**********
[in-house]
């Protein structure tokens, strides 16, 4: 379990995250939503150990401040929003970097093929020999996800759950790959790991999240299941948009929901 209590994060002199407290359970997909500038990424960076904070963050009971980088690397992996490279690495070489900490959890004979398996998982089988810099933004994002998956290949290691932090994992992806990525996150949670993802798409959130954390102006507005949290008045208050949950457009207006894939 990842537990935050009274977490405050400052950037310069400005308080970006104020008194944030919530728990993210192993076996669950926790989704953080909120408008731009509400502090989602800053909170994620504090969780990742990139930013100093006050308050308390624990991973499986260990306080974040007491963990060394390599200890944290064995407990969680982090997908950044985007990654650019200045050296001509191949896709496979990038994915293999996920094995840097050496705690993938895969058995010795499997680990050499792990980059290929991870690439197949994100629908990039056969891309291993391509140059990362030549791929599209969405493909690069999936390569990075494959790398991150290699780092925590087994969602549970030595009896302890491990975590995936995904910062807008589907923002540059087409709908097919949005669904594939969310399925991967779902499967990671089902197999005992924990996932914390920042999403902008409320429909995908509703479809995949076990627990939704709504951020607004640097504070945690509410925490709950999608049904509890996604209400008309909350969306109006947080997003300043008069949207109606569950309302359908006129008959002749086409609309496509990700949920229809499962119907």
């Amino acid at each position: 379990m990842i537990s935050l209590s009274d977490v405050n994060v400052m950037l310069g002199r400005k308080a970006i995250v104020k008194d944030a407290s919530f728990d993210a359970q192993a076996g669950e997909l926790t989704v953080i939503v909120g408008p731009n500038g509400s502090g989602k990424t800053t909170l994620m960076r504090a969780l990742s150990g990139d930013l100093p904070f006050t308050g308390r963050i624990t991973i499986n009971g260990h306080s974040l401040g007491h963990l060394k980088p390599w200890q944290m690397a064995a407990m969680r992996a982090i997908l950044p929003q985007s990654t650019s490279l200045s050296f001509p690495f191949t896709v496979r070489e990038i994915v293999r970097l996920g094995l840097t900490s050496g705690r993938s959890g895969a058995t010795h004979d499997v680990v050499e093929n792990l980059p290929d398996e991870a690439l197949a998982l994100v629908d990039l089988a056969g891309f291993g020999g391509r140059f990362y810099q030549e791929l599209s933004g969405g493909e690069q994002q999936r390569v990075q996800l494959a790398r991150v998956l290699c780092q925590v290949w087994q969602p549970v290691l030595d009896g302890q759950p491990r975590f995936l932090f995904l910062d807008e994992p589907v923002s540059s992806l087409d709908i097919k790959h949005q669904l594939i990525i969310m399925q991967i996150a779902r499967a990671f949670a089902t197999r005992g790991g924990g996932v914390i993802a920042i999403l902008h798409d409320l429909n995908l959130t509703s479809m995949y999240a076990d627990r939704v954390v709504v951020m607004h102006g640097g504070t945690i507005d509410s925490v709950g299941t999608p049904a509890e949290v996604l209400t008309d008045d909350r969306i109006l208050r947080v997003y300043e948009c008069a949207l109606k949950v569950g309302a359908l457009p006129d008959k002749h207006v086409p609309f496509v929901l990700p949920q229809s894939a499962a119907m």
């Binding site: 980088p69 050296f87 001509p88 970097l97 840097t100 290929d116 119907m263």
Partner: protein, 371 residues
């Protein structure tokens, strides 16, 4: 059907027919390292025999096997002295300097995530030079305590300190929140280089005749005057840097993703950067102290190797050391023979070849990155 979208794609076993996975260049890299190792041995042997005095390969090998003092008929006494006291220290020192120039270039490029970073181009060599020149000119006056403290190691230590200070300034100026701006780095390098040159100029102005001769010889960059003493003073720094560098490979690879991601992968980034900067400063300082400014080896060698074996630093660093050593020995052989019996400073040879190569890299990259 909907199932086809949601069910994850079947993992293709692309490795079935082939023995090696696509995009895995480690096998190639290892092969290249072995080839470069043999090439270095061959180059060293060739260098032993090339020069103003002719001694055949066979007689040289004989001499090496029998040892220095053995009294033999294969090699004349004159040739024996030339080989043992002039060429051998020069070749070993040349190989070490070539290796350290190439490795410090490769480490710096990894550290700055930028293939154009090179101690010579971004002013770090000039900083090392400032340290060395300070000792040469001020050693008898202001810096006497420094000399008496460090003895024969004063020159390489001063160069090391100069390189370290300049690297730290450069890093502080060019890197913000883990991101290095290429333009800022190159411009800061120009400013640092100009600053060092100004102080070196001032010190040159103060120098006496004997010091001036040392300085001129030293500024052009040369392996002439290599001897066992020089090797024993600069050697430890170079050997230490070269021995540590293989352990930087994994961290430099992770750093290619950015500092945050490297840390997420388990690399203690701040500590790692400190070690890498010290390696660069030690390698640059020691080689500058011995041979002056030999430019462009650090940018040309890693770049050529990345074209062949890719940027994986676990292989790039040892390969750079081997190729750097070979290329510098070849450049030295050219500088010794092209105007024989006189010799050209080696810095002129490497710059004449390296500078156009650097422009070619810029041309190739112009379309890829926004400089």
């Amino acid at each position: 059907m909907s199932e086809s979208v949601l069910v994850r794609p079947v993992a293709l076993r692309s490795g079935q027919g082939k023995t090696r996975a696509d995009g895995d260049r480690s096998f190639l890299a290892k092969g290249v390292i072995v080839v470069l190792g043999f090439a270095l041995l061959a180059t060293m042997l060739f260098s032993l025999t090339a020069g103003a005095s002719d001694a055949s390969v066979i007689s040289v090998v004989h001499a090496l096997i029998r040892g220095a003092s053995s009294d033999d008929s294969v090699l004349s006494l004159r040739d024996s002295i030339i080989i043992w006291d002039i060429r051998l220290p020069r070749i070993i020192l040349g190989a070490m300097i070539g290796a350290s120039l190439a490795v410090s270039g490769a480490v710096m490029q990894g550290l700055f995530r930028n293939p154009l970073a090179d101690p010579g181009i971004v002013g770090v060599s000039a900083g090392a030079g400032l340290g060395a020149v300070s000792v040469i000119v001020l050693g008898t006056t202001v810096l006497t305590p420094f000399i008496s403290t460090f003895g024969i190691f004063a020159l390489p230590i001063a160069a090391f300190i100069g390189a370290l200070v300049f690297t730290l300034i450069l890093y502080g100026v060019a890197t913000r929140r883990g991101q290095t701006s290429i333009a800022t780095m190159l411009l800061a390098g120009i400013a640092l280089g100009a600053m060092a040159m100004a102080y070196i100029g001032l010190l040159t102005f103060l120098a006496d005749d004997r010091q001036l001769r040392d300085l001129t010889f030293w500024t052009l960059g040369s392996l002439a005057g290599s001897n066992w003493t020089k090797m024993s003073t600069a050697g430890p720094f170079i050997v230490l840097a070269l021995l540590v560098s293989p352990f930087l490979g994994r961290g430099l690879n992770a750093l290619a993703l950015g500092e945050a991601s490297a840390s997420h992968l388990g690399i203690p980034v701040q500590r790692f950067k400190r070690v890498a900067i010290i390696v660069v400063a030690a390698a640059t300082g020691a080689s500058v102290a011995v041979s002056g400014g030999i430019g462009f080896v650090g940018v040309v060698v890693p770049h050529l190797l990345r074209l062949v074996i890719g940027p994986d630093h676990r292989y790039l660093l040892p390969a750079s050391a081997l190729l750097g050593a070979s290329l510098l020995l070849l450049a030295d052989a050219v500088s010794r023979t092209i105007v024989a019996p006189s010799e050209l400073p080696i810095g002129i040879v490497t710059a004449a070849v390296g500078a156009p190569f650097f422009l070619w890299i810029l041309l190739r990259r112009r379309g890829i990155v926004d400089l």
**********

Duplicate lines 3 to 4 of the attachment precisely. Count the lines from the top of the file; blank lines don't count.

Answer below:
């Amino acid at each position: 379990m990842i537990s935050l209590s009274d977490v405050n994060v400052m950037l310069g002199r400005k308080a970006i995250v104020k008194d944030a407290s919530f728990d993210a359970q192993a076996g669950e997909l926790t989704v953080i939503v909120g408008p731009n500038g509400s502090g989602k990424t800053t909170l994620m960076r504090a969780l990742s150990g990139d930013l100093p904070f006050t308050g308390r963050i624990t991973i499986n009971g260990h306080s974040l401040g007491h963990l060394k980088p390599w200890q944290m690397a064995a407990m969680r992996a982090i997908l950044p929003q985007s990654t650019s490279l200045s050296f001509p690495f191949t896709v496979r070489e990038i994915v293999r970097l996920g094995l840097t900490s050496g705690r993938s959890g895969a058995t010795h004979d499997v680990v050499e093929n792990l980059p290929d398996e991870a690439l197949a998982l994100v629908d990039l089988a056969g891309f291993g020999g391509r140059f990362y810099q030549e791929l599209s933004g969405g493909e690069q994002q999936r390569v990075q996800l494959a790398r991150v998956l290699c780092q925590v290949w087994q969602p549970v290691l030595d009896g302890q759950p491990r975590f995936l932090f995904l910062d807008e994992p589907v923002s540059s992806l087409d709908i097919k790959h949005q669904l594939i990525i969310m399925q991967i996150a779902r499967a990671f949670a089902t197999r005992g790991g924990g996932v914390i993802a920042i999403l902008h798409d409320l429909n995908l959130t509703s479809m995949y999240a076990d627990r939704v954390v709504v951020m607004h102006g640097g504070t945690i507005d509410s925490v709950g299941t999608p049904a509890e949290v996604l209400t008309d008045d909350r969306i109006l208050r947080v997003y300043e948009c008069a949207l109606k949950v569950g309302a359908l457009p006129d008959k002749h207006v086409p609309f496509v929901l990700p949920q229809s894939a499962a119907m």
């Binding site: 980088p69 050296f87 001509p88 970097l97 840097t100 290929d116 119907m263």